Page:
It's All Fundamental: Kobe, MJ & The Top 10 Most Fundamental Players Of All-Time
It’s all fundamental, what makes the most complete players of all-time on the offensive end. They have to excel in all aspects of the game.
The list of talented players who never made a career in the NBA could circle the earth. The NBA is full of individuals who possessed super talents, super skills but failed to make it or stay in the NBA.
It is not surprising. Success is not just talent alone.
Sure, players could get by on talent alone in high school. The superior talented ones even slipped by in college. While they found success and were coddled, this actually was there undoing.
They had the wrong attitude. Their success really wasn’t a result of a work ethic or an approach but relied solely on talent.
The NBA has too many players that have both talent and a work ethic. If you only have one, you can’t compete. You must have both.
Kobe Bryant talked about this exact thing yesterday during his annual visit to his high school, Lower Merion, in Philadelphia. Kobe talked about how important fundamental are and how it is a dying art, at least for US player. Check out the article.
So, who are the most fundamental players in NBA history? And, more importantly, why?
The 4 key offensive areas are:
1. Drive- create their own shot, get to the rim and finish.
2. Mid-range- the deadly art. Drive hard and then pull up. Sink this consistently.
3. Distance- High percentage from long range.
4. Post- Skilled in the post and using both hands.
And, just to clarify, we’re going to limit our list to perimeter players since the bigs don’t go out and shoot threes nor do they tend to really drive to the cup. No normal bigs on this list.
That means NO Duncan, Malone, McHale, etc. since they were primarily post players and didn't shoot 3's (except Duncan versus Phoenix in playoffs!!)
In in today’s NBA, the players that excel in all four areas are a dying breed. We can count them on one hand. But, who in the past possessed all these?
Here are the Top 10 Most Fundamental Players of All-Time:
#10- Cldye Drexler
The Portland Trailblazers Clyde Drexler was far more than a highlight film.
Sure, he could finish like the best in history. But that all happened because Clyde set up those drives with mid-range and long distance excellence. He was proficient in stop and pop and in his prime with Portland, he was accurate from three-point land.
This all resulted in solid fundamentals. He even added a reliable post-up game to his arsenal as his NBA career progressed.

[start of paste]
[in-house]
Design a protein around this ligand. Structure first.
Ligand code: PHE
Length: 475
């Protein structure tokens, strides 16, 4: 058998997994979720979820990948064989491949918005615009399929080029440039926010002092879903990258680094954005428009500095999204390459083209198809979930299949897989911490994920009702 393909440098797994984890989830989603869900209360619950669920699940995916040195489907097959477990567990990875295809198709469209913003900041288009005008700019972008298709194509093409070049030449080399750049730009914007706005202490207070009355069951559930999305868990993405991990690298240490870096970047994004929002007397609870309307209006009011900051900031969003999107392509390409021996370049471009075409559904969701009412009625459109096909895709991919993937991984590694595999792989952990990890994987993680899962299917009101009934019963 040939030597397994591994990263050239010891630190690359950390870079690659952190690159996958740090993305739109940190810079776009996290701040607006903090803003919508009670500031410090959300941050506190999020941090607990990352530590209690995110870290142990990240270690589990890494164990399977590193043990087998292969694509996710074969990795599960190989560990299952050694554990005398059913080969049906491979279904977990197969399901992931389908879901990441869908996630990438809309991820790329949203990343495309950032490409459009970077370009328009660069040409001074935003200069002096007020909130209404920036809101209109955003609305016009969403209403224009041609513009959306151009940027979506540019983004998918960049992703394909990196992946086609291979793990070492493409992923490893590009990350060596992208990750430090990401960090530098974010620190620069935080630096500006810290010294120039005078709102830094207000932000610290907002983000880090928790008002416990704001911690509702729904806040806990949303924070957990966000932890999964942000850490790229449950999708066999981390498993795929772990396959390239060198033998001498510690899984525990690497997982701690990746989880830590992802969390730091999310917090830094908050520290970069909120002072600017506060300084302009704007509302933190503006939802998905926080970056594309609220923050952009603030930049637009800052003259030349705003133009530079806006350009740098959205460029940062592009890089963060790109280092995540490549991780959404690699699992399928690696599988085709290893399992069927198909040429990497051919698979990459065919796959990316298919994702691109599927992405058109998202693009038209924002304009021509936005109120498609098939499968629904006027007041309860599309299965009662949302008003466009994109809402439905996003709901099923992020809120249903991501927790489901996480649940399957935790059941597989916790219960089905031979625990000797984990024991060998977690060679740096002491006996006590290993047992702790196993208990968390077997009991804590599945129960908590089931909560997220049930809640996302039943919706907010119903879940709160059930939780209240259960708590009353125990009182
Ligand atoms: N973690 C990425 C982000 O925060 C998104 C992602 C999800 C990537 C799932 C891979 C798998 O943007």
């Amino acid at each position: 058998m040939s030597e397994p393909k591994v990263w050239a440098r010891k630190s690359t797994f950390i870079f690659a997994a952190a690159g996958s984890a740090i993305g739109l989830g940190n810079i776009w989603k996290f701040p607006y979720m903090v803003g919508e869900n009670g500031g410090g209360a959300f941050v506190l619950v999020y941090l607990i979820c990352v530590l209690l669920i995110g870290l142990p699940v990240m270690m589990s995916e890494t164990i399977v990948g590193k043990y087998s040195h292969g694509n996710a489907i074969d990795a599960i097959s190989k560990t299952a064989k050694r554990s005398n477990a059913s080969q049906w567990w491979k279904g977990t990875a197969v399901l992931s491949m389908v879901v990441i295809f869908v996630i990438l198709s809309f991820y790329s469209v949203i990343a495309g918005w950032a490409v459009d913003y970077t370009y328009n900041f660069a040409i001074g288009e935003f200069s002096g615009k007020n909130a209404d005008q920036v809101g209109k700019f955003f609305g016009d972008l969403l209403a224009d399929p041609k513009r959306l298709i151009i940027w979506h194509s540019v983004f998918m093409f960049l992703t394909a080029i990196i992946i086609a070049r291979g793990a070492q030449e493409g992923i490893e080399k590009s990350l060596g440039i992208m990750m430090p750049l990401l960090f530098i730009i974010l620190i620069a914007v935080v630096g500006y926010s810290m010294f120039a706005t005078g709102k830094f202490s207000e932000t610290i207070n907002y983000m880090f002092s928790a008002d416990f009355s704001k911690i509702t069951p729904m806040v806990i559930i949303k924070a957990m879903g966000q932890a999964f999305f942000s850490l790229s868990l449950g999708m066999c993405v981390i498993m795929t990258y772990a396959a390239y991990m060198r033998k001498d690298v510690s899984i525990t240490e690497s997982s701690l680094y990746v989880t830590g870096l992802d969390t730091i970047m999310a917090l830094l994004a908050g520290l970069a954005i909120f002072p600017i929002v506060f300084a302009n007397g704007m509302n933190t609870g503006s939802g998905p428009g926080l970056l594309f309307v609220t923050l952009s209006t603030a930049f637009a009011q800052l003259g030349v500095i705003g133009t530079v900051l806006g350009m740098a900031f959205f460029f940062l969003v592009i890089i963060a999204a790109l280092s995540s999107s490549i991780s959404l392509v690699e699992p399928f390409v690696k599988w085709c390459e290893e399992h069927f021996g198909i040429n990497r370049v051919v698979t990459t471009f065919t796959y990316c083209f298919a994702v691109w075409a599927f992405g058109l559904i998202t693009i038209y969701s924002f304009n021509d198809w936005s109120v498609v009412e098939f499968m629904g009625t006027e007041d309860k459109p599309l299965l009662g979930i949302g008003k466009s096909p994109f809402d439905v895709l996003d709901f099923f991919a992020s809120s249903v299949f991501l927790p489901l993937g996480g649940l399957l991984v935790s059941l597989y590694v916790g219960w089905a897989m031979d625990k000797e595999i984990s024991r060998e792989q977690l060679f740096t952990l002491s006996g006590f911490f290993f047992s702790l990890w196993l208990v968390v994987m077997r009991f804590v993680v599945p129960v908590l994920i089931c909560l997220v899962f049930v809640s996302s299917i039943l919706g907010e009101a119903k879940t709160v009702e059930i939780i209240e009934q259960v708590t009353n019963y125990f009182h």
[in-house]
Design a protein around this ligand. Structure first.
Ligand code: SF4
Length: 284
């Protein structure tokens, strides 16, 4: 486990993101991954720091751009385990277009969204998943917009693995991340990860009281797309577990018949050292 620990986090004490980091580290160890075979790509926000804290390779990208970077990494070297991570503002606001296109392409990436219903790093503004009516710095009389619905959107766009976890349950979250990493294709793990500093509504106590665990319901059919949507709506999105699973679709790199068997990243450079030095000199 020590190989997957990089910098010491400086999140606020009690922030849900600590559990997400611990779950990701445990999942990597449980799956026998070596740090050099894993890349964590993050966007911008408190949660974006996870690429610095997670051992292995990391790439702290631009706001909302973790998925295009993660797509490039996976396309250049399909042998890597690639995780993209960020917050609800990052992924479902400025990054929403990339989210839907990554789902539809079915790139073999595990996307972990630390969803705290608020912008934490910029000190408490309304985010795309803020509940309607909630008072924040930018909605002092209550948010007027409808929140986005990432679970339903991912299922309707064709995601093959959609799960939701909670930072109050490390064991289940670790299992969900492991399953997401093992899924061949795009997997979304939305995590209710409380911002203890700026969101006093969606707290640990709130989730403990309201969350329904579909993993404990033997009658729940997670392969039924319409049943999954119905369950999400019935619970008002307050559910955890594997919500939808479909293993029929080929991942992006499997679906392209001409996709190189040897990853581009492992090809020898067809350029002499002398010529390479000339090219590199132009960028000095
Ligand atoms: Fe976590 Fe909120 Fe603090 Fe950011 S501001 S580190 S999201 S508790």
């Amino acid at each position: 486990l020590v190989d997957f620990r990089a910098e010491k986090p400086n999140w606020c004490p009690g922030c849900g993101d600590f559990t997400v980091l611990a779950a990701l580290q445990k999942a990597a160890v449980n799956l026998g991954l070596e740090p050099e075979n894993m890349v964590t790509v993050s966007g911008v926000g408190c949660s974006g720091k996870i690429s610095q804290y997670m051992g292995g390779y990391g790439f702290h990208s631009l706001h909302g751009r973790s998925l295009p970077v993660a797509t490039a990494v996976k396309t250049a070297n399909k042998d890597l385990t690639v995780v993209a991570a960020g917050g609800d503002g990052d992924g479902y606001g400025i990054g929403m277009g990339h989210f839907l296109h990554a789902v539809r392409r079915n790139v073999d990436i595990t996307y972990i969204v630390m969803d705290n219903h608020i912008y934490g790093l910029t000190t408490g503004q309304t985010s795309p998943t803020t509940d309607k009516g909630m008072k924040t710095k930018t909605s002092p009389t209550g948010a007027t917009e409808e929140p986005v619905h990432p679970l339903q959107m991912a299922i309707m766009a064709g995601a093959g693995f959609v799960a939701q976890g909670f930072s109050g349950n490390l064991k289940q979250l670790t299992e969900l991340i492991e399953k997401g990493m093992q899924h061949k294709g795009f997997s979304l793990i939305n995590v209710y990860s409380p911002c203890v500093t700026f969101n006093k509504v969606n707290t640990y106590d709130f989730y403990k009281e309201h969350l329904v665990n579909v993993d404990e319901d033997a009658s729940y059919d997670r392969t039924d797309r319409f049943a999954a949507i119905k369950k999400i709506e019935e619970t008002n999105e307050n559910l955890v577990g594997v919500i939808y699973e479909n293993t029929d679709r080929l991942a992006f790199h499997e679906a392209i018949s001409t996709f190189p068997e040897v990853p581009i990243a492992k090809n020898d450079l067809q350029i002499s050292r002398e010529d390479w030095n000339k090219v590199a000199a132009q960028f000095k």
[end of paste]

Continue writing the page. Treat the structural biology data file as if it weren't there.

#9- Isiah Thomas
The Detroit Pistons Isiah Thomas might have been short but he is one of the most fundamental and complete players ever to lace them up.
Sure, he was quick off the dribble and could finish. And, of course, he was accurate from long distance. But Thomas was well-rounded. He knew when to pull up and nail a fifteen footer. That kept defenders off balance.
And, he was even solid in the paint, even posting up taller guards. He could go left or right and his footwork gave him an edge down low.
#8- Dirk Nowitzki
The Dallas Mavericks' Dirk Nowitski is unlike any big man in history. It's safe to say he is actually a small in a big body.
Maybe it's because of his international influence, but he can do it all.
He can drive, he can pull up, he'll post guys up down low or at the elbow and, most deadly, he'll drain threes.
Dirk is what Kobe was talking about in the article from yesterday. That international players are fundamentally sound where US kids can only dunk and shoot threes. Kobe almost went so far to call it a crisis.
If you see how well-rounded Dirk is, it makes you think Kobe is on to something.
#7- Dwyane Wade
The Miami Heat's Dwyane Wade has it all.
He can go left or right and finish hard. So hard in fact he's always willing to put his body in harms way. And, over the course of his career, he's paid a price for that unabandoned drive.
But Wade also excels in the mid-range game. He can keep you off balance with his stop and pop. Growing up in Chicago, Wade idolized Michael Jordan and Wade has many of the same moves in the post as MJ.
Wade continues to improve as a long distance shooter and when this continues to rise, so does his ranking on this list. He's reliable from three-point land, enough to make you honor that weapon.
#6- Elgin Baylor